I said, ‘Pfft, that’s ridiculous.’ I get out of the car, took three steps, and thought, ‘Jesus, John Shaw, he’s built like a brick shithouse, and he’s scared to go in, and you’re going to go in?’ But by this time I had committed myself, so I go inside, right? I walk inside. Forty pairs of drunken eyes–it’s like a Western–they all went silent and they watch me. So I crossover to the bar and I said, ‘I’ll have a schooner of ale, please.’ They all went back to their conversations. And I drink it. But there was a guy about six feet away from me. He looked at my hair. Then he looked at my mustache: ‘Shiiiit’. He looked at my long hair again: ‘Shiiiiit’. And finally, he said to me, ‘Hullo Stalin’. So I didn’t say anything. I just toasted him. With a loud voice that quieted the whole room down, “I said ‘Hullo Stalin.'” Inviting a response. ‘Who the fuck are you?’ He put his jaw right in my face. He didn’t want to him me. He wanted me to hit him. So I kinda smiled at him and I said: ‘Listen, I’d love to talk to you, but I’m dead.’ He didn’t get it for a couple of seconds–the whole room didn’t get it at first–then they got it and they all laughed their asses off. He said to me: ‘I love a bloke with a sense of humor! Give this man a schooner of ale!’
And those guys became my friends. They looked after me. I did a lot of research: going to bars; talking to people so you get a feeling of the whole town and the inhabitants down. And somebody would inevitably come up to me and want to fight me. ‘Come on, let’s fight.’ And I’d say, ‘Eh, I got no quarrel with you, mate. I don’t want to fight you.’ ‘Oh yes, come on. Let’s fight.’ And a voice would come from a mob of people, ‘Hey, Joe, you leave Ted alone. He’s my mate!’ ‘Oh, sorry. Teddy, how about I buy you schooner of ale?’ There was no animosity and these guys looked after me. Six of them. Wherever I went, there was always one of the guys. Watching me and making sure I didn’t get hurt. Now that was a curious male society. This camaraderie that existed. It’s important that they offered it to each other. They knew what a difficult world it was out there. But back in the pub, which I call the Stalin Pub, we all laughed. They all got around and they kept buying me beers and I bought them beers and talking and talking. Meanwhile I left John Shaw to cook in the car outside. ‘No guts, no glory. I’m staying in. I’m not bringing you in here.’ All these guys became my chums for the next three months. They looked after me.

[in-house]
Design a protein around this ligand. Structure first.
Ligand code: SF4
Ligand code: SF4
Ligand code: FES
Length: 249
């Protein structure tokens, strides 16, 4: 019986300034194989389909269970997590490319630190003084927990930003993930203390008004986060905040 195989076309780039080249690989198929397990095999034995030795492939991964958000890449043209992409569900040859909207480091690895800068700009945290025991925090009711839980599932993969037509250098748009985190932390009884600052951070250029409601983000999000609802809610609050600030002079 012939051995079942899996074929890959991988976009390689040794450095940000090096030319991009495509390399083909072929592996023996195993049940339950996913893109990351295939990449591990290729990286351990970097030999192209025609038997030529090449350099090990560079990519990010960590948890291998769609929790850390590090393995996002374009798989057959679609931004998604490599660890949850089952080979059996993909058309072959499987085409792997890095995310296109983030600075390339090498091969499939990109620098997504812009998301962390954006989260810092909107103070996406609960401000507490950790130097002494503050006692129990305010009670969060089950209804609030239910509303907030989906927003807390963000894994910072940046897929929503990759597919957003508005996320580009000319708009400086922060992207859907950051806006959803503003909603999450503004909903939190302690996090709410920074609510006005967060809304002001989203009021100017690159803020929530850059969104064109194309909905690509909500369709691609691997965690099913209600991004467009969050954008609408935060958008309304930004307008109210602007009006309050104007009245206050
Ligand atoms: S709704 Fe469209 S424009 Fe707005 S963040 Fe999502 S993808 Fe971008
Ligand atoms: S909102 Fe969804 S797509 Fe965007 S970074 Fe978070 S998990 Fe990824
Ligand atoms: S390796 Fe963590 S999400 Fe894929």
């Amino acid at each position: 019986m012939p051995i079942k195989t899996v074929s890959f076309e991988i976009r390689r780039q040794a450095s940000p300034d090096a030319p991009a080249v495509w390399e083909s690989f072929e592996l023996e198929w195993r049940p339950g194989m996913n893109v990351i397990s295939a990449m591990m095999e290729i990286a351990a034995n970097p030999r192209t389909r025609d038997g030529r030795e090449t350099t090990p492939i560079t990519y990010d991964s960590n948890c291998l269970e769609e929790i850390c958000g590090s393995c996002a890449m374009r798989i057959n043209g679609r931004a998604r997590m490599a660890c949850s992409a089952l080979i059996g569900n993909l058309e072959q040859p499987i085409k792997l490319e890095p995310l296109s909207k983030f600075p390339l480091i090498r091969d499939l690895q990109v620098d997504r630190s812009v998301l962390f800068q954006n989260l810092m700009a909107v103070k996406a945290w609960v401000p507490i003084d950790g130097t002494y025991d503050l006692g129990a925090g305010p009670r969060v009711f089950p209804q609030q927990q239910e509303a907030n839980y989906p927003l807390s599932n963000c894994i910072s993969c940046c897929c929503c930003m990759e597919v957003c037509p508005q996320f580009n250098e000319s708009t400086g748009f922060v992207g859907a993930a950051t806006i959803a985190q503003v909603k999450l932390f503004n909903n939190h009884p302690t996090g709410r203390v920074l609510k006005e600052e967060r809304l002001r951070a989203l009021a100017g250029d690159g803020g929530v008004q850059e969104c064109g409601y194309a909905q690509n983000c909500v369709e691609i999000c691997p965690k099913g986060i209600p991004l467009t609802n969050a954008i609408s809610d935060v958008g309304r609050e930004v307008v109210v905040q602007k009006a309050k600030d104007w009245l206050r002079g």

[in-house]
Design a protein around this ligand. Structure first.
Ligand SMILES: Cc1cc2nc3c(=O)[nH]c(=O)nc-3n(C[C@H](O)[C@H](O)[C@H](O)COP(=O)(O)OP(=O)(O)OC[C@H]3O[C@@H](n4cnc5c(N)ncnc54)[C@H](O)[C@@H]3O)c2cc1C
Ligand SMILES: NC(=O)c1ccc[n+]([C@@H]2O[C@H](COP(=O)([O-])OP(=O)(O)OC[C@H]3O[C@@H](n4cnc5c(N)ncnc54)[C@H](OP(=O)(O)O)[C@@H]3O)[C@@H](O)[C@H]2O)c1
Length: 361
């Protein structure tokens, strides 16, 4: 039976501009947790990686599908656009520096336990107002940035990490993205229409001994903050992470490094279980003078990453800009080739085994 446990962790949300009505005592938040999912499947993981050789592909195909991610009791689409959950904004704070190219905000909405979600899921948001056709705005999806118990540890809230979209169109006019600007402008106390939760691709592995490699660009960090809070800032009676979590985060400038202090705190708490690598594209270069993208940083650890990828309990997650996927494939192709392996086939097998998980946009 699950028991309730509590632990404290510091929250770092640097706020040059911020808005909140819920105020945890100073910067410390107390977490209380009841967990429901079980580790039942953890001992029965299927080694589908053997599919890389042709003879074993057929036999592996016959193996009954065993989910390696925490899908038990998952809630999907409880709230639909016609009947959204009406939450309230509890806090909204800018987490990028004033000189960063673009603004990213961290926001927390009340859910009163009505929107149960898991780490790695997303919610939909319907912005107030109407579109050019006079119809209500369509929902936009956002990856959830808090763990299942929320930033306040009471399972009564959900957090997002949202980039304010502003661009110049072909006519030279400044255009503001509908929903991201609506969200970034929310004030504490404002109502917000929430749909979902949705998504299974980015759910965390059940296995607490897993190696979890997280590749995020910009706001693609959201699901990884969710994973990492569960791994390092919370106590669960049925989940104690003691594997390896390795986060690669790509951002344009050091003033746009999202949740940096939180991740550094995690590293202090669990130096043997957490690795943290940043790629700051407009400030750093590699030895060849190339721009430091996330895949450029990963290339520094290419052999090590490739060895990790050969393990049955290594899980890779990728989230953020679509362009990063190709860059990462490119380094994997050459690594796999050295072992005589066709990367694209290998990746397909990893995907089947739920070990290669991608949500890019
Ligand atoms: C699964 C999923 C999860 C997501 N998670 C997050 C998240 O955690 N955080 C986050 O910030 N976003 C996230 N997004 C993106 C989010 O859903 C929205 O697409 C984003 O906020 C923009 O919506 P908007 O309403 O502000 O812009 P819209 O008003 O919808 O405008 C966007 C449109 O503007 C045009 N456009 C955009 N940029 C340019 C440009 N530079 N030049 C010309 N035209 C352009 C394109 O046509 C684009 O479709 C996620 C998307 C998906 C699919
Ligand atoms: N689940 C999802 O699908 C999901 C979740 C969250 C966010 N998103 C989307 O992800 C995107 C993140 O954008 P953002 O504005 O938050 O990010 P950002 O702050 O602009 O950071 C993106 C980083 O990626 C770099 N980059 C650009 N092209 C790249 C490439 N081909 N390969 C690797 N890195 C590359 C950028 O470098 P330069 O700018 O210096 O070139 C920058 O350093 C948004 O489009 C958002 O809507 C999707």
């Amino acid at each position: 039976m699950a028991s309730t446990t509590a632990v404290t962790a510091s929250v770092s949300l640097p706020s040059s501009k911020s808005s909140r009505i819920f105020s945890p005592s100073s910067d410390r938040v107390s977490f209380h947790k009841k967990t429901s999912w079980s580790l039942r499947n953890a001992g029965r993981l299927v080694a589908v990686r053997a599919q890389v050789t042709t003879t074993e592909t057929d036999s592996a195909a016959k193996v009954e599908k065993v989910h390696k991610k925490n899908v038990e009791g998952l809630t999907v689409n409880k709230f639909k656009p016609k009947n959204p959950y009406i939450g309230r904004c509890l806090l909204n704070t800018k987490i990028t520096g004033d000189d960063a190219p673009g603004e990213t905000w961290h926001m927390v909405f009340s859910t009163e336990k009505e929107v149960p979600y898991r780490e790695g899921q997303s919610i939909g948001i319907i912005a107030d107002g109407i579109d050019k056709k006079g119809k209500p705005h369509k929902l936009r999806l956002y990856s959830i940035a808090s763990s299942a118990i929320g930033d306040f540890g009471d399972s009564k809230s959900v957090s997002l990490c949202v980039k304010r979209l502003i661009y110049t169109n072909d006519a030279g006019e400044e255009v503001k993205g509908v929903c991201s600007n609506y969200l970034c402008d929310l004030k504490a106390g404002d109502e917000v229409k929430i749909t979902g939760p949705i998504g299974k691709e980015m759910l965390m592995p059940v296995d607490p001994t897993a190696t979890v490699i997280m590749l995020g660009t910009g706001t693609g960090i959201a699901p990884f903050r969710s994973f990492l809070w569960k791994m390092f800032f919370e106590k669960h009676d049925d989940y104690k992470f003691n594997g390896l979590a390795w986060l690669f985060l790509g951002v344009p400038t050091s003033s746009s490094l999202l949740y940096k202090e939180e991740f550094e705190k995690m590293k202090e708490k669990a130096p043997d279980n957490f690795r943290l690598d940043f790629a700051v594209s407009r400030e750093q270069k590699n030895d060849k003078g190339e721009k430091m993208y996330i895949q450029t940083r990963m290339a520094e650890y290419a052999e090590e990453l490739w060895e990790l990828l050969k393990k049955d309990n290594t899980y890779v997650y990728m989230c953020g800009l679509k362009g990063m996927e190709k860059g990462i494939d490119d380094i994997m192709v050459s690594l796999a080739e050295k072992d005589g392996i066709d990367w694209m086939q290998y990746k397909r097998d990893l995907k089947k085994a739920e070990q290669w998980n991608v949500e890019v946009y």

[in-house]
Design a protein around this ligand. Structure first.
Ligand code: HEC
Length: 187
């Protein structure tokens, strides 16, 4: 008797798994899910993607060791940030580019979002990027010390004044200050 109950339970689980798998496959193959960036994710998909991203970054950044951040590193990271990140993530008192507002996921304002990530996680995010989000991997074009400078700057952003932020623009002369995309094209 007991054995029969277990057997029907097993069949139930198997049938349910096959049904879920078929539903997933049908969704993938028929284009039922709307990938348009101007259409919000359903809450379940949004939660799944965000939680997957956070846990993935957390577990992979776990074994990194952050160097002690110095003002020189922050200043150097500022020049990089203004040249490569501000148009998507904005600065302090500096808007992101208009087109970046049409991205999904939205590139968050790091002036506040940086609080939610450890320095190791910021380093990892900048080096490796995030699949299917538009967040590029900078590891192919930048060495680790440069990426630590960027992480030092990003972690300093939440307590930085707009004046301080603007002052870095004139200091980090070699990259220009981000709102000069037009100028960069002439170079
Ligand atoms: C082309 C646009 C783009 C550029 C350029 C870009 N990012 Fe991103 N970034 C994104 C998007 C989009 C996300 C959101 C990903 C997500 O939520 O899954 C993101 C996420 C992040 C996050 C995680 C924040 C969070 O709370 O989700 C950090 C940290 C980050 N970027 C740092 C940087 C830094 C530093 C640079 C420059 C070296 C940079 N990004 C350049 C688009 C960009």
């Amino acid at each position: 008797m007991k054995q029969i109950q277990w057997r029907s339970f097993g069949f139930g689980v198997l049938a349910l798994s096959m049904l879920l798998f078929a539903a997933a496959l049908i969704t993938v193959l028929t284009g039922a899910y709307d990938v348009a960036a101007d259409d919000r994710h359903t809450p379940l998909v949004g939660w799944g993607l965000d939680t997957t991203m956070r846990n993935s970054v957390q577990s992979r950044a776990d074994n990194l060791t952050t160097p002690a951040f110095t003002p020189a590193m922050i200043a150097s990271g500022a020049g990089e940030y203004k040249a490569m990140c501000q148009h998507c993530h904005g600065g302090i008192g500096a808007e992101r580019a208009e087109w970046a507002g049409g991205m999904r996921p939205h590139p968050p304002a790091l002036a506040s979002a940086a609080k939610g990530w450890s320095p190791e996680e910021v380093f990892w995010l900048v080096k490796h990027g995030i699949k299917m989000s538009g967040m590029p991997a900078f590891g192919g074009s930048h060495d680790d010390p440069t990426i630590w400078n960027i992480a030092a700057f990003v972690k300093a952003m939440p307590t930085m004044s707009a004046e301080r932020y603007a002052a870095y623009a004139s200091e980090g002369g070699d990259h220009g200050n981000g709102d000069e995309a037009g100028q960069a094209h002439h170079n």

Wake in Fright is now in limited re-release.